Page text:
“Toolkit” to gauge progress toward more equitable park use

Date: Thursday, July 14, 2016

The metro area’s regional parks and trails—all together one of the largest park systems in the nation—drew an impressive 47 million visits last year.

Boys enjoy swinging in a play area at Phalen-Keller Regional Park during Dragon Festival 2016 on July 10.

But missing from the throngs of visitors were people of color in numbers proportional to their share of the region’s total population. The shortfall is especially significant for recent immigrants to the Twin Cities area.

In the future, the disparity may widen. People of color are expected to make up 40% of the region’s population by 2040, compared with 24% in 2010.

The Metropolitan Council is responding by building on existing work of partner park agencies to broaden park use among a changing population. The Council took an important step in July when it adopted an “equity toolkit” for the Regional Parks System to help guide decisions about future projects and policy directions. 

The Regional Parks System equity tool kit is… 
…a set of questions and a process meant to clarify how regional park projects are advancing equity.

Equity means expanding access to opportunity for all people—all races, ethnicities, incomes, and abilities.

 Toolkit measures potential needs, opportunities, responses and outcomes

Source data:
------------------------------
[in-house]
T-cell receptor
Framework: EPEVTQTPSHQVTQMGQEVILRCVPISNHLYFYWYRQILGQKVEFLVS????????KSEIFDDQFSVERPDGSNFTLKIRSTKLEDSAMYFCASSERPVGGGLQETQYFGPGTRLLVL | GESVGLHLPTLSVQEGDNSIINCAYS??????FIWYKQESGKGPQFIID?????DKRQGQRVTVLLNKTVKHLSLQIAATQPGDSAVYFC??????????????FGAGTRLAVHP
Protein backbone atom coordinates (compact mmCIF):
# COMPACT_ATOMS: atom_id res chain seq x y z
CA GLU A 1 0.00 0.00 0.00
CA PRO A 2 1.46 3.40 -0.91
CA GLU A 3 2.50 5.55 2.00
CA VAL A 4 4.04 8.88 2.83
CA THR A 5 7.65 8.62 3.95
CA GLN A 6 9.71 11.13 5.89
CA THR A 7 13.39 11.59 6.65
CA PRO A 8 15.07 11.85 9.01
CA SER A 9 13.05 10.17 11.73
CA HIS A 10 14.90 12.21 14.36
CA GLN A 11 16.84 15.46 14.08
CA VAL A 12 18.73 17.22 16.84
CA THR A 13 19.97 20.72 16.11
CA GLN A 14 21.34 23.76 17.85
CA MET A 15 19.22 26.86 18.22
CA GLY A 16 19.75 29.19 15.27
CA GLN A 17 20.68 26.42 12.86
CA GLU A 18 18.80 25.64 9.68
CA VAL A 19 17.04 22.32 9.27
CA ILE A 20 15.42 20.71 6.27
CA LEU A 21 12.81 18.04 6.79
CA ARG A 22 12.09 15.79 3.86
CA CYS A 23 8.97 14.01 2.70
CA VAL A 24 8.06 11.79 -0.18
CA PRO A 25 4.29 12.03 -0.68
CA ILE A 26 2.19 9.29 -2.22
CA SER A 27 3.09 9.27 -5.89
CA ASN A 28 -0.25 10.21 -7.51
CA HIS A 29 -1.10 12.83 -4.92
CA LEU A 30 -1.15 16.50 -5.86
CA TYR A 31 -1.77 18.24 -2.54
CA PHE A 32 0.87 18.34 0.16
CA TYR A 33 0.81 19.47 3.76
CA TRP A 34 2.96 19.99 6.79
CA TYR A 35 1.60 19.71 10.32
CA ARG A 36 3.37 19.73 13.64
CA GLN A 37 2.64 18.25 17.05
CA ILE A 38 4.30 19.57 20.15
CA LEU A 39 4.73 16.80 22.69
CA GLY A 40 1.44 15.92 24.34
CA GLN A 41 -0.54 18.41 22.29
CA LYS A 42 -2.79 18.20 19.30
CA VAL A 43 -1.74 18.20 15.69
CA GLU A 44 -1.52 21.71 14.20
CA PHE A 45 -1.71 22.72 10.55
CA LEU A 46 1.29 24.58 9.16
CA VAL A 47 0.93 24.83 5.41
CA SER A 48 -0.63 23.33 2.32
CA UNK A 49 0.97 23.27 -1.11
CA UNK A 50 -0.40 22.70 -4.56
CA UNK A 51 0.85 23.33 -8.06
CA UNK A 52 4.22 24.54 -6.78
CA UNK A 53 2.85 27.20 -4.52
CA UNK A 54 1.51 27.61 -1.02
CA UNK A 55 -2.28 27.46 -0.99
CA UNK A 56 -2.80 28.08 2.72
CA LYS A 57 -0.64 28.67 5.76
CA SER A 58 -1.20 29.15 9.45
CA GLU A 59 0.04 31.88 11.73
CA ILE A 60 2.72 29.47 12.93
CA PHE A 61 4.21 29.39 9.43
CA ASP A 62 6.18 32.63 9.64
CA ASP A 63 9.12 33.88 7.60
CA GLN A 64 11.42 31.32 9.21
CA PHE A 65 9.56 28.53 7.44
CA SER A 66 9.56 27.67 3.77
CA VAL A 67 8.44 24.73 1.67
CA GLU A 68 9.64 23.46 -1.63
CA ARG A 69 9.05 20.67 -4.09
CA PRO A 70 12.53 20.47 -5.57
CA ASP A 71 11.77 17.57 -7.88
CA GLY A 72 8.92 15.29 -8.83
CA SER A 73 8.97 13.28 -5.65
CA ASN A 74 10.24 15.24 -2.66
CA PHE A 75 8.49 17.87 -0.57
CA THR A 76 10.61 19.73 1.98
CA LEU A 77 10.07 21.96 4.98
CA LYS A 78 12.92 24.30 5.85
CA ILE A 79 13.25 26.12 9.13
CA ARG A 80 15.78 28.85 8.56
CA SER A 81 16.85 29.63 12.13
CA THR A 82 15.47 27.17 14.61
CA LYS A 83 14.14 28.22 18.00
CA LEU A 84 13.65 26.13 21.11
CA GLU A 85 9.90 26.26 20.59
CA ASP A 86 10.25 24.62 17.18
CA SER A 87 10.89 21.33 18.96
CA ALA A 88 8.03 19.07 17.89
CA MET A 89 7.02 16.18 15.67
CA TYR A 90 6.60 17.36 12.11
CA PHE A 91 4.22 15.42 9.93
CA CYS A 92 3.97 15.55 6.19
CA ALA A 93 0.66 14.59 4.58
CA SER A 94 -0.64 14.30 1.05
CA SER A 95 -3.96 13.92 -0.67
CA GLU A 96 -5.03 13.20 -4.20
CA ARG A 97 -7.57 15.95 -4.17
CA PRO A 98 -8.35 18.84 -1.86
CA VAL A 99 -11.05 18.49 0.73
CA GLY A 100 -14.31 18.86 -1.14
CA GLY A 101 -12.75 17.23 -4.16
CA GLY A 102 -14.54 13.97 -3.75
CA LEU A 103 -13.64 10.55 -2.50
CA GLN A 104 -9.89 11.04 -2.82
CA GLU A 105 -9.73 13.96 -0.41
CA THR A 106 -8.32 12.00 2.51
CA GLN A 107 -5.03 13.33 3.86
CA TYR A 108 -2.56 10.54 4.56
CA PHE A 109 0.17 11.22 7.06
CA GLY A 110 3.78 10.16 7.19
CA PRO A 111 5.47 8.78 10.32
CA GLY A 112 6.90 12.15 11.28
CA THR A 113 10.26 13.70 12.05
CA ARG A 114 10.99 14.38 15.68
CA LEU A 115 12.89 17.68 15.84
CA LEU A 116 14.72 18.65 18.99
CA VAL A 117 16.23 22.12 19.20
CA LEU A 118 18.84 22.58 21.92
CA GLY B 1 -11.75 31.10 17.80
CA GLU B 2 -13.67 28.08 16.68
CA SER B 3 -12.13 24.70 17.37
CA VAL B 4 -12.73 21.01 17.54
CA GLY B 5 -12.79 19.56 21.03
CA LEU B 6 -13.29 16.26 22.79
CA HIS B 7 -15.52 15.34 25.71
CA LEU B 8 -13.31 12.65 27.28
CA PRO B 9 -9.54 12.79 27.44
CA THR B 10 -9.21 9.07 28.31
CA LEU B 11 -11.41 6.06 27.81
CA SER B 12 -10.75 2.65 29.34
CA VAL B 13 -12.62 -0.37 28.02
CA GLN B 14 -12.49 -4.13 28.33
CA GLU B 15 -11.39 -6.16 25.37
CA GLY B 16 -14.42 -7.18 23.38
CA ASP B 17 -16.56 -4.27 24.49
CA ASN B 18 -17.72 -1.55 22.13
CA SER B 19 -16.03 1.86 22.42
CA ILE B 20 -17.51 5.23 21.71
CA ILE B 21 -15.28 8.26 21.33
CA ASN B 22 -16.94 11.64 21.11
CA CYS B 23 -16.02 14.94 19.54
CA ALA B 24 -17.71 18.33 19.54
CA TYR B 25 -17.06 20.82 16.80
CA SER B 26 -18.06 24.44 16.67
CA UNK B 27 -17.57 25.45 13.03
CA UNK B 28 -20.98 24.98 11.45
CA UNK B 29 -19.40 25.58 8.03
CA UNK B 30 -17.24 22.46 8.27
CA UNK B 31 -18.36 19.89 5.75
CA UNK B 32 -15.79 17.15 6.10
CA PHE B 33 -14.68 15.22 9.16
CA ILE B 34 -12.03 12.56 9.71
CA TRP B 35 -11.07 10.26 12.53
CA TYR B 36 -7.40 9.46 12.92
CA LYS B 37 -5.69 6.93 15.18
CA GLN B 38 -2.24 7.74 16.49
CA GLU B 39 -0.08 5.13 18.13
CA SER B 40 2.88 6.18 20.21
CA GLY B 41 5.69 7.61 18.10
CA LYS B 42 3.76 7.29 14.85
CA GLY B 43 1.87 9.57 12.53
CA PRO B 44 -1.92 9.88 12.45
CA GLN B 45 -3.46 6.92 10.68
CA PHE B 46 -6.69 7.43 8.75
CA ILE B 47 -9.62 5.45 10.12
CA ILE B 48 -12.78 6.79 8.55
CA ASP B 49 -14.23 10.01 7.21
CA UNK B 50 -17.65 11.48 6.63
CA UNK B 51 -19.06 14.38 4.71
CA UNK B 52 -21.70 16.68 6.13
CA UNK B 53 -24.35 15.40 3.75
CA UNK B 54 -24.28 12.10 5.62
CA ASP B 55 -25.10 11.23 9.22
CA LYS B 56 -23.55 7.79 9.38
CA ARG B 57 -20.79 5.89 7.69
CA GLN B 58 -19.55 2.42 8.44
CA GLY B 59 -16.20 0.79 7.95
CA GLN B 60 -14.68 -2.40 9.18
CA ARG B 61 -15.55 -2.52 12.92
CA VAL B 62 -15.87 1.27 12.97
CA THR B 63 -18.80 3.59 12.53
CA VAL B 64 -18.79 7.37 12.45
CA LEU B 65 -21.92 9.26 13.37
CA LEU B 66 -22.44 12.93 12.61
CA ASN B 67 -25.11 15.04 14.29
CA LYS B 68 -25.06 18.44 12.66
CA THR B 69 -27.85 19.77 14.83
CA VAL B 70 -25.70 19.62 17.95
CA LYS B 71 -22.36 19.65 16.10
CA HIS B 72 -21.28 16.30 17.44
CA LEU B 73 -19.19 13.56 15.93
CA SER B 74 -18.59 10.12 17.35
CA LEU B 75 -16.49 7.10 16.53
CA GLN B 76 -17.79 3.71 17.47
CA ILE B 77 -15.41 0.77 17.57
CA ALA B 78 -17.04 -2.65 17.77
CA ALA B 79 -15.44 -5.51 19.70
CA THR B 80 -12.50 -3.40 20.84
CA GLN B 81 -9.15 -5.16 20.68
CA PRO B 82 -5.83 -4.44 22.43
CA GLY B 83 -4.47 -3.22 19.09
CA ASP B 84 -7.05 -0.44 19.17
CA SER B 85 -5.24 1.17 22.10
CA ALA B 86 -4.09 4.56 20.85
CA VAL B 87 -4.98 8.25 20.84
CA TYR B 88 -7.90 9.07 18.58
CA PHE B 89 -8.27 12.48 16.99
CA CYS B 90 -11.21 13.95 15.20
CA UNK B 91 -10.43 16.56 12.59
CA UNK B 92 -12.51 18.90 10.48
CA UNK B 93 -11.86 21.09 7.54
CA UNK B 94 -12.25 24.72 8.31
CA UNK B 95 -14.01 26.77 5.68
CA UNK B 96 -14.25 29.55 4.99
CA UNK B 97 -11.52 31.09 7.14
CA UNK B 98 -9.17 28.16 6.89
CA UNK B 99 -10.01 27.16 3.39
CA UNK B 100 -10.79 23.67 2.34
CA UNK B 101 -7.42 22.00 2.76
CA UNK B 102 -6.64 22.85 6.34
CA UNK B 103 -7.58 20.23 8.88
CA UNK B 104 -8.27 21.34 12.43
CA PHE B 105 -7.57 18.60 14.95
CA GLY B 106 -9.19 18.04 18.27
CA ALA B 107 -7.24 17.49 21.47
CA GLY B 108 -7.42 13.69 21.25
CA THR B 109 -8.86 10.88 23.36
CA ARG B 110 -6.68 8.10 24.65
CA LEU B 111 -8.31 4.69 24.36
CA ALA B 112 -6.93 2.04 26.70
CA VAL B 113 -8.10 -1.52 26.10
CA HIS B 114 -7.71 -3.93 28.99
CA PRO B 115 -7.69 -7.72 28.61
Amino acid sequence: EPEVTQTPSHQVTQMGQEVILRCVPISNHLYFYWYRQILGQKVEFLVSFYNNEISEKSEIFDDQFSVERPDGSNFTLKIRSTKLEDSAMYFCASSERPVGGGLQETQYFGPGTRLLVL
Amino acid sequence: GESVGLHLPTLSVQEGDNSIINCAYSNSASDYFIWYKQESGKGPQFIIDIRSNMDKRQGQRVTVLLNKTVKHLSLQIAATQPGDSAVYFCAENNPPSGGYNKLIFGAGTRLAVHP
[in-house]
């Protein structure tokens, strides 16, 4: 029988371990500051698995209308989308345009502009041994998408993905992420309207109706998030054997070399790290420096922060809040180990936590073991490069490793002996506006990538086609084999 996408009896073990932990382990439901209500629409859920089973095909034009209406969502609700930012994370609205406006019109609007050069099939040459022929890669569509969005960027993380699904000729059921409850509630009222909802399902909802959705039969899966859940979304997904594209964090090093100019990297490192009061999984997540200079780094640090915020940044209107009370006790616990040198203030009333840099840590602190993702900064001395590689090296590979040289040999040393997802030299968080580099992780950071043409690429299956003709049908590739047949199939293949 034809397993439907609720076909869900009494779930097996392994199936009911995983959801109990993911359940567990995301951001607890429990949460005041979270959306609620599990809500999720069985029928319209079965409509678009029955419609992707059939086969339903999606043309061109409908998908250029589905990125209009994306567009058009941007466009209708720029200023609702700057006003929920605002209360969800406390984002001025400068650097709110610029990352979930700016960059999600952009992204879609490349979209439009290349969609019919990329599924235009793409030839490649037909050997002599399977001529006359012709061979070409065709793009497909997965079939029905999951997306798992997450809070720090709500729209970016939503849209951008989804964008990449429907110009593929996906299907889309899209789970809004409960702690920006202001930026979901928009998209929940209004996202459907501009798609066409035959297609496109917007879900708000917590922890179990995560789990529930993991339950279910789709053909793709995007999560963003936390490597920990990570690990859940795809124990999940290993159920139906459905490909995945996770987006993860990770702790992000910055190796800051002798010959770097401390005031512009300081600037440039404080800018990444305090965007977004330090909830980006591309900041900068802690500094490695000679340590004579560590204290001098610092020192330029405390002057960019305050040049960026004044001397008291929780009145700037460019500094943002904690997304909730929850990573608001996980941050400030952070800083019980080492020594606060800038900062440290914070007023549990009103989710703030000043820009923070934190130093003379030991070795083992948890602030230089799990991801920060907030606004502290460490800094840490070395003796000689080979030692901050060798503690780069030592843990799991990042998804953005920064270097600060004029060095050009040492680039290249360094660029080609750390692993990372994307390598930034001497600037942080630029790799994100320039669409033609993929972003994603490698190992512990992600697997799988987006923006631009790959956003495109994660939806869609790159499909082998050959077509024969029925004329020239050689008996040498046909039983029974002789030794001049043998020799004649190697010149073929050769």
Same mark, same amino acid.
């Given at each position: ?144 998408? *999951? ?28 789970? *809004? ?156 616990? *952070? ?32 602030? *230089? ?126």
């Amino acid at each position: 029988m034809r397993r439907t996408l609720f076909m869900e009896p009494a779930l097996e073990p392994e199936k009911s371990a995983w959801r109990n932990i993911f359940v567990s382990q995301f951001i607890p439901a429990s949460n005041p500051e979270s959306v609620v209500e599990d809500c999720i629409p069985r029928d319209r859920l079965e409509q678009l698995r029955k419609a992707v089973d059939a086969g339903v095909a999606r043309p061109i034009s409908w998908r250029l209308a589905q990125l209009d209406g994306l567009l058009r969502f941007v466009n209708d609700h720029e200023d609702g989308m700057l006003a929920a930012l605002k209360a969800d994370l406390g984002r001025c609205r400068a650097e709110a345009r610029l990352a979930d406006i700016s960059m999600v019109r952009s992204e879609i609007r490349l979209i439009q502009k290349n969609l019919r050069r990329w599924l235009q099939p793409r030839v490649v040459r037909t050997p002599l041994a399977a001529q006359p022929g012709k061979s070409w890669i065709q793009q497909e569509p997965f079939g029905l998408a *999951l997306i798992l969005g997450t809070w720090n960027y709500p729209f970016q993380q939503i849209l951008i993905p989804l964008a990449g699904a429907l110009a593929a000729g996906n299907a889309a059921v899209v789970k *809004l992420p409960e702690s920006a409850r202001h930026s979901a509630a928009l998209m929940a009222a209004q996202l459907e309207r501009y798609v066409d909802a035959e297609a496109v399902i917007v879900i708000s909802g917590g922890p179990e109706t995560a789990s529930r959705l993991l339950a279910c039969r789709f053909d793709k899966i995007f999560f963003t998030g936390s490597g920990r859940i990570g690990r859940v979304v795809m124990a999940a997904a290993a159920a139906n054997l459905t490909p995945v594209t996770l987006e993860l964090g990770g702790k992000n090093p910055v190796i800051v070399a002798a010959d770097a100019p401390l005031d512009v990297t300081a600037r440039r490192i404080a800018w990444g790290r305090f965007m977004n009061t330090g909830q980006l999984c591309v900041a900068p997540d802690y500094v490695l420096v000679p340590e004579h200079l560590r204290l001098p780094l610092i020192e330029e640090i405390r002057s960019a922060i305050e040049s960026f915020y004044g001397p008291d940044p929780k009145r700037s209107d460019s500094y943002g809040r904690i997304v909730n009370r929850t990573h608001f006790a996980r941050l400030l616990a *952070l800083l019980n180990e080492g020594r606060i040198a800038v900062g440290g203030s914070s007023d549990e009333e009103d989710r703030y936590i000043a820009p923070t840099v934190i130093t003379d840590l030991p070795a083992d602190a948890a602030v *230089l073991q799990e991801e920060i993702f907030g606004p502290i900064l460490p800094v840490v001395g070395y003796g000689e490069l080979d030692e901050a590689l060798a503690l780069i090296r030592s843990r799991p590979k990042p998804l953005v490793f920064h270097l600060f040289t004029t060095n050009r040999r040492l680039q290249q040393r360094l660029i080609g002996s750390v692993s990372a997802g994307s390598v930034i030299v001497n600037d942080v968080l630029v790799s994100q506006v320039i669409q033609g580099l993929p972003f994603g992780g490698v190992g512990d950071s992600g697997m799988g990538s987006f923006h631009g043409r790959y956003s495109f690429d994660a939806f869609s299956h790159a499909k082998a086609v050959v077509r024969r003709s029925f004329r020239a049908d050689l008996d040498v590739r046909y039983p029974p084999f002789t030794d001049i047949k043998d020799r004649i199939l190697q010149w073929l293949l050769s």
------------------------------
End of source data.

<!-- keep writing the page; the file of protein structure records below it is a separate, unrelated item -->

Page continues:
The equity toolkit includes a series of questions that the Council will add to the application that partner agencies submit to the Council for grant funds. The equity toolkit is a way to measure potential needs and opportunities, how a project responds accordingly, and verifying the outcomes.

The questions in the toolkit ask partner park agencies for information that will help the Metropolitan Parks and Open Commission and the Council determine: 

Sample feedback from study of regional park use by communities of color (2014)

 - Knowing about the parks.  “A lot of people are not really aware of regional parks.”
 - Language.  “I really want to go there, but it’s hard because of the language barrier.”
 - Lack of transportation options.  “If we don’t drive, we don’t have a way to go.”
 - Religious practices.  “We pray five times a day, and women are supposed to have a little cover when they pray outside.”
  • Populations currently underserved by the regional parks system

  • Progress in serving targeted populations

  • Innovative practices of park agencies that could successfully apply across the park system

  • Future directions for the parks system in pursuing greater equity

The Metropolitan Parks and Open Space Commission and the Council will use the adopted toolkit in the process of awarding grant funds totaling approximately $25 million annually, beginning in the fall of 2016.

A successful regional parks system results from strong partnership

The Council oversees planning and funding of regional parks, and 10 cities, counties, and special park districts acquire and develop parkland and operate the parks for the public use.


Posted In: Communities, Parks, Planning